County reading program introduces Blackbeard
By Bonnie Edwards
Published in News on February 24, 2009 1:46 PM
Angie Best and her daughters Hannah, left, and Mary Scott watch as Blackbeard tells the tale of his life as a pirate.
Capt. William Teach, also known as Blackbeard, portrayed by Ben Cherry, tells the tale of his life as a pirate during the golden age of piracy at the Arts Council of Wayne County Monday.
Blackbeard the pirate made an appearance Monday night at the Arts Council of Wayne County, as part of the 2009 Wayne County Reads project.
This year's book is "Blackbeard: America's Most Notorious Pirate," by Angus Konstam.
On Monday, actor Ben Cherry of Plymouth, who portrays the infamous seafarer, captivated an overflow crowd, including many little pirates. Along with his was first mate, a female pirate named Beegee, who answered questions about women who turned to pirating for a living.
The roguish character described to the audience how he became a brigand, from his days as a boy in England to his running away to sea, to his first visit to the Caribbean that would eventually become his private stomping grounds.
The privateers he first joined were bound together by a love of gold and a hatred for Spain and France. But when the wars with those countries were over, the privateers turned to robbing any ship, friend or foe.
Blackbeard described his advance from first mate to captain after he helped capture a French-owned ship off the coast of Venezuela. She was fast and sturdy, just what the pirate was looking for. She was named the La Concorde.
"The Concorde was not much of a name for a pirate ship, so I named her Queen Anne's Revenge and sailed her away," the pirate told the gathering. "We spotted a merchant ship and hoisted my new designed flag. We captured her without having to fire a single weapon. My reputation had preceded me."
Blackbeard, like his 21st century impersonator, had a flare for the dramatic. Beards were not stylish in the 1700s. So the pirate grew a beard and tied red ribbons in it to further draw attention to himself. He fashioned fuses called "slow matches" and tied them into his beard and lit them to intimidate the enemy at sea.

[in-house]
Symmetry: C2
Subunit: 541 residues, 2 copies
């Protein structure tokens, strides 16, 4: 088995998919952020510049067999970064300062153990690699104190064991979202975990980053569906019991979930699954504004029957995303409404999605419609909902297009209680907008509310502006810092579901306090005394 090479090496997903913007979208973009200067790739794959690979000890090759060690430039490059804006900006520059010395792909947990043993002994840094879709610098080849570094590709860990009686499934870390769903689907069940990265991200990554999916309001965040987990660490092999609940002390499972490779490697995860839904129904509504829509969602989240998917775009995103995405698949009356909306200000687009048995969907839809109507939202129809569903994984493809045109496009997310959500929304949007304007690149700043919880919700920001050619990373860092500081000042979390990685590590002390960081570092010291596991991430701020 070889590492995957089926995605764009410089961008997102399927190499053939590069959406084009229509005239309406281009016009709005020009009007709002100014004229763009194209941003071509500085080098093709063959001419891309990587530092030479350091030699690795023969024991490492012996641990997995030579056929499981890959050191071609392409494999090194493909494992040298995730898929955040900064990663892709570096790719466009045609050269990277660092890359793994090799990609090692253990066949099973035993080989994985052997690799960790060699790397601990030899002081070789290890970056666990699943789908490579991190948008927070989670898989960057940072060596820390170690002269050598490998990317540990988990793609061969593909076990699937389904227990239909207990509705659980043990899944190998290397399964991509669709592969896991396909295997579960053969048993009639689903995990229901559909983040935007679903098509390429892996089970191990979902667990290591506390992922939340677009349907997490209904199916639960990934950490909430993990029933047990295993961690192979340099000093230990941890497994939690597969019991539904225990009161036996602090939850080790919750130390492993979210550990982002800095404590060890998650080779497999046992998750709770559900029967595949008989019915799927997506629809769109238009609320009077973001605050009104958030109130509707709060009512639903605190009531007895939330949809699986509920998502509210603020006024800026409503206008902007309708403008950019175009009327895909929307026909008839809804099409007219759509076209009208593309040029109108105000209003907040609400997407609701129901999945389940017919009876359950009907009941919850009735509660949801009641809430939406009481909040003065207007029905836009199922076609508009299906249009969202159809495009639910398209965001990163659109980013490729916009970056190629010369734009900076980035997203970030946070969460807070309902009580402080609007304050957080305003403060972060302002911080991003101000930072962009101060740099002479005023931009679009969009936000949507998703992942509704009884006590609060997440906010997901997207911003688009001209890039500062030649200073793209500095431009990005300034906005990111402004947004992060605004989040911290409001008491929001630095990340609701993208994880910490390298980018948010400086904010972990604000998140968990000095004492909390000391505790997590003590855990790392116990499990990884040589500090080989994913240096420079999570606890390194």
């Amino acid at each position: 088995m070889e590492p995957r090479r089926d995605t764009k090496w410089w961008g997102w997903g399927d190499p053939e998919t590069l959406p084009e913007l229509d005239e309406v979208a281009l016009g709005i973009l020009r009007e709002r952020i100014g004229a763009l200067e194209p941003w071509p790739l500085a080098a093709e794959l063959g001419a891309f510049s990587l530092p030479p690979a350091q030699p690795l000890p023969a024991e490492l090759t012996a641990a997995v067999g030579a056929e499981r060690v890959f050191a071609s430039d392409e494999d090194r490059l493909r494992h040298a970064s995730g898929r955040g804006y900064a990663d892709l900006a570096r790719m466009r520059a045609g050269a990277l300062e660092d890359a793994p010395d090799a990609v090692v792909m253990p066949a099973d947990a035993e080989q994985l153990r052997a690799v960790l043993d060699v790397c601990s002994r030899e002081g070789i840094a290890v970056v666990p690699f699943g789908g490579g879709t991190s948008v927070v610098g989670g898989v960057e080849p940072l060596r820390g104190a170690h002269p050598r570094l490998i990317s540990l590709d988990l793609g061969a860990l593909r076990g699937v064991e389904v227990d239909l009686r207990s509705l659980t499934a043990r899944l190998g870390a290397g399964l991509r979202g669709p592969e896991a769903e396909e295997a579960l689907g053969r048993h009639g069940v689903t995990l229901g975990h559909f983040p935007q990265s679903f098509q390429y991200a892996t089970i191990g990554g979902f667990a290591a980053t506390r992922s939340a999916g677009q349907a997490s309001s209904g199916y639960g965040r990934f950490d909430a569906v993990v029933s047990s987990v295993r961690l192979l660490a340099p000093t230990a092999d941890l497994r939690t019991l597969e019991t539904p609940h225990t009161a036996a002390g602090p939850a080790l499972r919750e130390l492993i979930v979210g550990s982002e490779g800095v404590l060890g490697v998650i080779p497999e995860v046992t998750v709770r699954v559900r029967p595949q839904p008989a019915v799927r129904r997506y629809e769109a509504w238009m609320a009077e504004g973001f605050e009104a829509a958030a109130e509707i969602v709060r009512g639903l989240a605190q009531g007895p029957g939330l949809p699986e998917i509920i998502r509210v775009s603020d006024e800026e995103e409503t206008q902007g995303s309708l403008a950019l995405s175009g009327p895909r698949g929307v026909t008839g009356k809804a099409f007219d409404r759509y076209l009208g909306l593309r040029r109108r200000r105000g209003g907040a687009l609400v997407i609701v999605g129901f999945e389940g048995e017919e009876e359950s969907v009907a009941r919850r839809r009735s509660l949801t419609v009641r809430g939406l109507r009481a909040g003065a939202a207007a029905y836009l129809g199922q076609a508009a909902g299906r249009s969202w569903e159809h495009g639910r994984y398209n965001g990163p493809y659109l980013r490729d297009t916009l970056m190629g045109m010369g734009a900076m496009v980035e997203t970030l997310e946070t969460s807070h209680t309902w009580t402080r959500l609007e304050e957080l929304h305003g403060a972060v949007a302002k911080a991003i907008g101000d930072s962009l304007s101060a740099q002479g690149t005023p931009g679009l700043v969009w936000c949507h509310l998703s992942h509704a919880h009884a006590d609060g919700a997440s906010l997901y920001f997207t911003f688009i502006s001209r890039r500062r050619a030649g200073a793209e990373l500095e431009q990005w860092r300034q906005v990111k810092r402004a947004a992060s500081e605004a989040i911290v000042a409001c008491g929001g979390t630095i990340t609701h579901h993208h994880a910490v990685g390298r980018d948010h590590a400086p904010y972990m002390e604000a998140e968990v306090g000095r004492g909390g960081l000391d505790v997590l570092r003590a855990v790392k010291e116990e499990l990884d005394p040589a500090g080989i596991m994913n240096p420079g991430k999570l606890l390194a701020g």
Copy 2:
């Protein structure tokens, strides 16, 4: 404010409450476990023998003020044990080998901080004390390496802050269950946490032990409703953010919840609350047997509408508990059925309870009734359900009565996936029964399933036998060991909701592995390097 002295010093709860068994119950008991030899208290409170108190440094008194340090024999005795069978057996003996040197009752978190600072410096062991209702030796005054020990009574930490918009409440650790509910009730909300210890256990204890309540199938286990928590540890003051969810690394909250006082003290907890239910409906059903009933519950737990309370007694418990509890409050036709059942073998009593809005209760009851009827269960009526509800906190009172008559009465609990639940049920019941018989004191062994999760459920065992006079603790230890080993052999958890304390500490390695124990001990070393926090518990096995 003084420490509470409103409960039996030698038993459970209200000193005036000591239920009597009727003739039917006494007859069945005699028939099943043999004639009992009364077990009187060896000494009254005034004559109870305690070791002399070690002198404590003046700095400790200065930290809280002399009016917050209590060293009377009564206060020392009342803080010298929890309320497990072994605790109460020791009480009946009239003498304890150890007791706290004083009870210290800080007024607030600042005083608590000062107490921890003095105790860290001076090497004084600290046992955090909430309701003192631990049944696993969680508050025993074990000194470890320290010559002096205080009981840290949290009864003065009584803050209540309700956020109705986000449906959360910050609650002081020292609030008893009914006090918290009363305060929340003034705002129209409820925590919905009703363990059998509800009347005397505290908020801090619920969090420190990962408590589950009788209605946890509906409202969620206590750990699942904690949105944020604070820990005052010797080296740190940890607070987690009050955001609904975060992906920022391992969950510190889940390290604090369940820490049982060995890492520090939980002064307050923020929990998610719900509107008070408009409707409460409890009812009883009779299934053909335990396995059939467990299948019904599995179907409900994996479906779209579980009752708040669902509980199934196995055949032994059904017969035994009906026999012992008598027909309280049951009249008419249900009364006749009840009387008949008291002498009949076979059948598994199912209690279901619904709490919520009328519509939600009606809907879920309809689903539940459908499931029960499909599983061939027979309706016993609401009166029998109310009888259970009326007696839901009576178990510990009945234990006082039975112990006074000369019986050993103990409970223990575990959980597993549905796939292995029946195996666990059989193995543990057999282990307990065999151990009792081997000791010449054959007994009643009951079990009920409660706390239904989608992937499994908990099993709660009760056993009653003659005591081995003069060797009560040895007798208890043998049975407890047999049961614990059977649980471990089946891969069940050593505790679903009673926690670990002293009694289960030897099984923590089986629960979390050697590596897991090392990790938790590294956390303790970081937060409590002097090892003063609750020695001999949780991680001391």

As time passed, Blackbeard saw the political landscape change. Pirates, once considered helpful to the queen, became distrusted under George I. But the king offered to let the pirates live if they surrendered to a government official. For Blackbeard, the friendliest was North Carolina's governor at Bath, who was known to accept a bribe in return for looking the other way when pirates took a prize.
In the spring of 1718, after scuttling the Queen Anne's Revenge and getting rid of most of his crew, the pirate married a girl named Mary Ormond and settled down. But it wasn't long before his remaining men began to get out of hand.
"I knew I had to get them away from Bath Town," he said.
So he took the crew out to sea again, this time on a ship small enough to navigate the sounds and river inlets along the coast.
But authorities in other colonies were not as friendly as those in North Carolina and a squad of British sailors and marines were sent from Virginia to put him out of business for good.
The two ships met on Nov. 22, 1718, and after a long, bloody fight, the pirates were defeated. Blackbeard, who suffered dozens of wounds, was finally killed and then beheaded. That didn't end the stories. In fact, it started new ones. The first was that his headless body swam around the ship three times before sinking. Others involved his head.
"There are a lot of interesting stories about Blackbeard's head," Cherry said. "One legend is that Blackbeard's head was plated with silver and used to drink rum. Many believe the head belongs to a secret society called the Skull and Bones at Yale University."
The audience was lively and asked many questions of Cherry and Beegee, who ending up in a sword fight, much to the delight of the children in the audience.
Cherry said he has been portraying Blackbeard for 23 years, ever since he first performed the part in an outdoor drama at Bath. From there, he began portraying the pirate for school children. Word spread, and now in addition to the schools, he plays Blackbeard at festivals and other special events.
Monday night's portrayal was just one of a number of events planned to celebrate the Wayne Reads Initiative.
Other events planned include a presentation by Maritime Heritage tourism officer Connie Mason on March 2 at Wayne Commun-ity College. Her presentation will be "Bad to the Hair Bun: An Overview of Women Pirates through History."
On March 5 in Room 102 of the Walnut Building at Wayne Community College, University of North Carolina professor Julius Nyang'oro will talk about "Modern Day Piracy."
March 7 will be a day of treasure hunting for children in the morning and the adults later in the day. In the morning, the children will head to Herman Park to search for treasures marked on a map. And in the afternoon, the adults will grab hand-held Global Positioning System devices and follow clues to find their treasures.
At the Wayne County Museum on March 9, UNC professor Bland Simpson will discuss the creative process in his writing of the play, "Hot Grog," which will be performed in a dinner theater at the Goldsboro Country Club on March 19, followed by evening performances on March 20 and 21 in the auditorium at the Wayne Community College and a matinee performance at the college on March 22.
On March 12, in the Seymour Johnson Air Force Base Library, there will be a children's event featuring Becky Denison as pirate "Nana Belle."
On March 16, in the Hennessee Room of Mount Olive College's Murphy Center, Margaret Hoffman will present "Blackbeard! The Man Behind the Legend" and discuss her book, "Blackbeard: A Tale of Villainy and Murder in Colonial America." Her topic will be the politics that set the stage for Blackbeard's exploits.
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